The Malcolm I Remember By Grace Lee Boggs
The Malcolm I Remember
By Grace Lee Boggs
The Malcolm I remember is still very much with me, especially in May, the month of his birth in 1925, 87 years ago.
“From the moment I first heard Malcolm speak at a huge Nation of Islam rally in the old Olympia Stadium in Detroit, I was captivated by the razor-sharp yet playful language with which he exposed and opposed white society. Later, at smaller meetings, I was fascinated by the way he chided blacks for their ‘slave mentality,’ calling them ‘brainwashed’ because they depended so much on whites. They squirmed as he criticized them. But they also laughed and applauded because his criticisms were so right-on and because they knew he was challenging them to look in the mirror and think for themselves, instead of catering to their weaknesses, as most black leaders still do.
“From his best-selling autobiography, millions know that while in prison, in his early twenties, Malcolm was transformed from a petty hustler into a black nationalist leader by the ideas of Elijah Muhammad and the Nation of Islam. However, few people know how seriously he began thinking for himself after he discovered in 1963 that Mr. Muhammad had fathered children with his secretaries.
“It was during those two years that I had the most direct and indirect contact with Malcolm.
“In the spring and summer of 1963, Max Stanford of the Revolutionary Action Movement came for long discussions with Jimmy at our home in Detroit while he was deeply engaged in talks with Malcolm in New York. Out of these talks came the new ideas about revolution in Malcolm’s speech at the Grassroots Leadership Conference, held in Detroit on November 10, 1963. I was one of the main organizers and Jimmy was the chair of the conference.
“The next spring, together with Max Stanford, Baltimore Afro- American reporter William Worthy, and Patricia Robinson of Third World Press, Jimmy and I met with Malcolm in a Harlem luncheonette to discuss our proposal that in the light of his break with the Nation of Islam, he come to Detroit to help build the Organization for Black Power. After thinking it over, Malcolm declined because he felt it more important that he make the hajj. His response was that we should go ahead while he served the movement as an ‘evangelist.’
“In the fall of 1964, Malcolm’s friend, Milton Henry and I called him in Egypt to ask him to run for the U.S. Senate on the ticket of the Michigan Freedom Now Party, the ‘all-black’ political party that I served as coordinator. Again he declined, without explaining why.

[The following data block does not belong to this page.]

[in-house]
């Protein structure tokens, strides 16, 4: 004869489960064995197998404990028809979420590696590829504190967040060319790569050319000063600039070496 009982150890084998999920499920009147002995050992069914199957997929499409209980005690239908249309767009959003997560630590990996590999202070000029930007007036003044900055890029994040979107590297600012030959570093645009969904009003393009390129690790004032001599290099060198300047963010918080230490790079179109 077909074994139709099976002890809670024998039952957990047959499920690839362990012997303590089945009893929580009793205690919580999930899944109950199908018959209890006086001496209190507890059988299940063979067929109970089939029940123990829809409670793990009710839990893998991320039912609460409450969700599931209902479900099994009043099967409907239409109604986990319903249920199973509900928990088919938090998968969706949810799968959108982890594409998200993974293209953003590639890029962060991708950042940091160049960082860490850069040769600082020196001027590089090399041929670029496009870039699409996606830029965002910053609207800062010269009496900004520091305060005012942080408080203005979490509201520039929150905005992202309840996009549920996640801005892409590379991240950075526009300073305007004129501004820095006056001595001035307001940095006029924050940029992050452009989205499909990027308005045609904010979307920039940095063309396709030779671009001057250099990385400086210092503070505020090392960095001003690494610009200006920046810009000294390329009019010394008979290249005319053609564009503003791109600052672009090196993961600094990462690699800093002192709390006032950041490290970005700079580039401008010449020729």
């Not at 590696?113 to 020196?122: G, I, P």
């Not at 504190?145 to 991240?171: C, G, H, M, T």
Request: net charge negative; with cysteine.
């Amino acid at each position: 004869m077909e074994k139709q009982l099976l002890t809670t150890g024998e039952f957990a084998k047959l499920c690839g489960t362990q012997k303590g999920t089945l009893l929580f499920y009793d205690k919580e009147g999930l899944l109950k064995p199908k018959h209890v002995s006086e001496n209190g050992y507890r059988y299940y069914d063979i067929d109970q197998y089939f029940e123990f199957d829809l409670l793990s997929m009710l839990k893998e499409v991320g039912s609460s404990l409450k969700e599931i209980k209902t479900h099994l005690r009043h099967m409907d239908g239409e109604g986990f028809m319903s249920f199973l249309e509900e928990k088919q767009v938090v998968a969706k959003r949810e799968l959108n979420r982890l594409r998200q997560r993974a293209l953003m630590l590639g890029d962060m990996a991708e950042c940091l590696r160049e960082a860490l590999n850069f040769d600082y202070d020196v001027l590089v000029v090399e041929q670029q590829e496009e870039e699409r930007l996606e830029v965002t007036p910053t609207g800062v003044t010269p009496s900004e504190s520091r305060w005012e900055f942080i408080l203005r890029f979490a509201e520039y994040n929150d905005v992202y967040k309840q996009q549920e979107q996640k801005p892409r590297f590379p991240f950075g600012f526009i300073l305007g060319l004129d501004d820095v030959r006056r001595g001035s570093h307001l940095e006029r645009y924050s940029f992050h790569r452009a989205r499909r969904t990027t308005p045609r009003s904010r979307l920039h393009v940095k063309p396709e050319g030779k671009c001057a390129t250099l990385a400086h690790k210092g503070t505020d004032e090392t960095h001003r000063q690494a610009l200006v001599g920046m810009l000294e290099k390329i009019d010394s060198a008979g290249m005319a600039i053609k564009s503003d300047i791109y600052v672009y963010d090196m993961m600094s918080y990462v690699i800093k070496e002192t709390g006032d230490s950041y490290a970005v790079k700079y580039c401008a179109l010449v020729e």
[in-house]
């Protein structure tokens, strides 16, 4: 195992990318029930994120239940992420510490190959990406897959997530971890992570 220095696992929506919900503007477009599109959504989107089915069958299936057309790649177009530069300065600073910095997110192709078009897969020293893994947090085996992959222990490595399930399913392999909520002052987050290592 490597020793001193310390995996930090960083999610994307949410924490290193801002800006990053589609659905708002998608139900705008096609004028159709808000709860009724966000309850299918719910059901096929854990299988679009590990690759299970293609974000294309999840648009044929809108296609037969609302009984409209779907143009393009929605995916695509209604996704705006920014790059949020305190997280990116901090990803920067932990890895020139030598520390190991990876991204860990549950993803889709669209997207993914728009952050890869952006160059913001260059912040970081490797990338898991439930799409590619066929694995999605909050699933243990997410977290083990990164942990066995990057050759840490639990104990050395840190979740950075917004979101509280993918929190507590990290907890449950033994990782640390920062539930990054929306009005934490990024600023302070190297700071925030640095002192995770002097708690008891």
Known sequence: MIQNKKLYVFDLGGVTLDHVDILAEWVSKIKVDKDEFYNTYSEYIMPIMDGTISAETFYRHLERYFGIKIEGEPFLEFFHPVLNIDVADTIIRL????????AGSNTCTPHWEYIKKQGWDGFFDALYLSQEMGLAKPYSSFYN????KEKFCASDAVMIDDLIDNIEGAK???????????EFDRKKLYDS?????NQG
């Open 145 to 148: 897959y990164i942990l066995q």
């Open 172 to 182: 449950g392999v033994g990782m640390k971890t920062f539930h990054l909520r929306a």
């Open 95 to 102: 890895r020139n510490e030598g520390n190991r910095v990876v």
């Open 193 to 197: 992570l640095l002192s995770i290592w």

“Later I learned that in this period Malcolm was rethinking the ideas about black nationalism and violence with which most people still identify him. During the hajj he had discovered that revolutionaries come in all colors. He had also begun to recognize the contradictions in ‘meet violence with violence’ politics. As a result, in December 1964, only two months before he was killed, he went to Selma, Alabama, to explore working with Martin Luther King Jr. At this time King was in jail, but Malcolm was able to meet with Coretta.
“By this time he had also become painfully aware of the hard theoretical work needed to develop a new body of ideas. In a conversation with Jan Carew in London a few weeks before his assassination, Malcolm explained how he was still growing personally and politically:
“‘I’m a Muslim and a revolutionary, and I’m learning more and more about political theories as the months go by. The only Marxist group in America that offered me a platform was the Socialist Workers party. I respect them and they respect me. The Communists have nixed me, gone out of the way to attack me . . . that is, with the exception of the Cuban Communists. If a mixture of nationalism and Marxism makes the Cubans fight the way they do and makes the Vietnamese stand up so resolutely to the might of America and its European and other lapdogs, then there must be something to it. But my Organization of African American Unity is based in Harlem and we’ve got to learn to creep before we walk, and walk before we run. . . . But the chances are that they will get me the way they got Lumumba before he reached the running stage.’’’
‘This kind of introspection, questioning, and transformation, which were so characteristic of Malcolm, has unfortunately been ignored by too many black nationalists and Black Power militants.
“Every February, as another anniversary of his death passes, I have wondered if our world would be different today had Malcolm lived into his fifties and sixties.”
The Malcolm I remember did not need guns and violence to expose and oppose racism. His power was in his razorsharp wit and words.
UC Press has just issued an updated and expanded paperback edition of TNAR, with a new Introduction and a new Afterword reproducing my 2010 conversation with Immanuel Wallerstein at the second U.S . Social Forum,
For more on Malcolm, I recommend the powerful critique of Manning Marable’s Malcolm X: A Life of Reinvention by my old friend, Bill Strickland. Bill’s critique, on the Boggs Center website, was originally printed by The Black Commentator, (October 13, 2011, Issue 445). It will be published in June by Black Classics Press and in a forthcoming volume of The Black Scholar.